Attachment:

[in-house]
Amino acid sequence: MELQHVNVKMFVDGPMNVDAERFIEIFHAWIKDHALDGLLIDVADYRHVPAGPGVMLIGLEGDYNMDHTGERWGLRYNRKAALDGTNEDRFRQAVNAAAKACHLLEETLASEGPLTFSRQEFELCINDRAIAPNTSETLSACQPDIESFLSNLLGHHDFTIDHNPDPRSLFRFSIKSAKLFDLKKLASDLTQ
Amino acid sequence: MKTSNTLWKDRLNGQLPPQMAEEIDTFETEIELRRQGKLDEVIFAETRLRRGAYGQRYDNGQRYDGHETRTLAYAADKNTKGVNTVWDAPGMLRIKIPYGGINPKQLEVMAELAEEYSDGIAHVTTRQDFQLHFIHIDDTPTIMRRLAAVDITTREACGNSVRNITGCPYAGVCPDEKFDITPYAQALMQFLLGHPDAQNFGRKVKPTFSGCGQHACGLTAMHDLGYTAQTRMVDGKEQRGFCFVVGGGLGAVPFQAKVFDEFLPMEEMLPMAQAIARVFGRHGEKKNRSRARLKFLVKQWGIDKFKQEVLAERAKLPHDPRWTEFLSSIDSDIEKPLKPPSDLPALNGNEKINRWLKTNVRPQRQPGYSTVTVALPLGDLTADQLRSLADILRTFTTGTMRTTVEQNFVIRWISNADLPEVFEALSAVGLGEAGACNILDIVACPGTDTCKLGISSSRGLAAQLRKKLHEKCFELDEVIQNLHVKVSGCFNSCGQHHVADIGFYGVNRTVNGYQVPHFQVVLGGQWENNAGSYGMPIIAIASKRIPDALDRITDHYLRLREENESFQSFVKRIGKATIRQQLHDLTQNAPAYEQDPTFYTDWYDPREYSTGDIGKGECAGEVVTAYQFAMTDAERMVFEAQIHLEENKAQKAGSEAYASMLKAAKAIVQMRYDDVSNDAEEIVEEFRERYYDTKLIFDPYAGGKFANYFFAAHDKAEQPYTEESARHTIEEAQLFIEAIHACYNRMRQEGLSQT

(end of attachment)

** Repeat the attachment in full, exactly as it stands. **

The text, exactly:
[in-house]
Amino acid sequence: MELQHVNVKMFVDGPMNVDAERFIEIFHAWIKDHALDGLLIDVADYRHVPAGPGVMLIGLEGDYNMDHTGERWGLRYNRKAALDGTNEDRFRQAVNAAAKACHLLEETLASEGPLTFSRQEFELCINDRAIAPNTSETLSACQPDIESFLSNLLGHHDFTIDHNPDPRSLFRFSIKSAKLFDLKKLASDLTQ
Amino acid sequence: MKTSNTLWKDRLNGQLPPQMAEEIDTFETEIELRRQGKLDEVIFAETRLRRGAYGQRYDNGQRYDGHETRTLAYAADKNTKGVNTVWDAPGMLRIKIPYGGINPKQLEVMAELAEEYSDGIAHVTTRQDFQLHFIHIDDTPTIMRRLAAVDITTREACGNSVRNITGCPYAGVCPDEKFDITPYAQALMQFLLGHPDAQNFGRKVKPTFSGCGQHACGLTAMHDLGYTAQTRMVDGKEQRGFCFVVGGGLGAVPFQAKVFDEFLPMEEMLPMAQAIARVFGRHGEKKNRSRARLKFLVKQWGIDKFKQEVLAERAKLPHDPRWTEFLSSIDSDIEKPLKPPSDLPALNGNEKINRWLKTNVRPQRQPGYSTVTVALPLGDLTADQLRSLADILRTFTTGTMRTTVEQNFVIRWISNADLPEVFEALSAVGLGEAGACNILDIVACPGTDTCKLGISSSRGLAAQLRKKLHEKCFELDEVIQNLHVKVSGCFNSCGQHHVADIGFYGVNRTVNGYQVPHFQVVLGGQWENNAGSYGMPIIAIASKRIPDALDRITDHYLRLREENESFQSFVKRIGKATIRQQLHDLTQNAPAYEQDPTFYTDWYDPREYSTGDIGKGECAGEVVTAYQFAMTDAERMVFEAQIHLEENKAQKAGSEAYASMLKAAKAIVQMRYDDVSNDAEEIVEEFRERYYDTKLIFDPYAGGKFANYFFAAHDKAEQPYTEESARHTIEEAQLFIEAIHACYNRMRQEGLSQT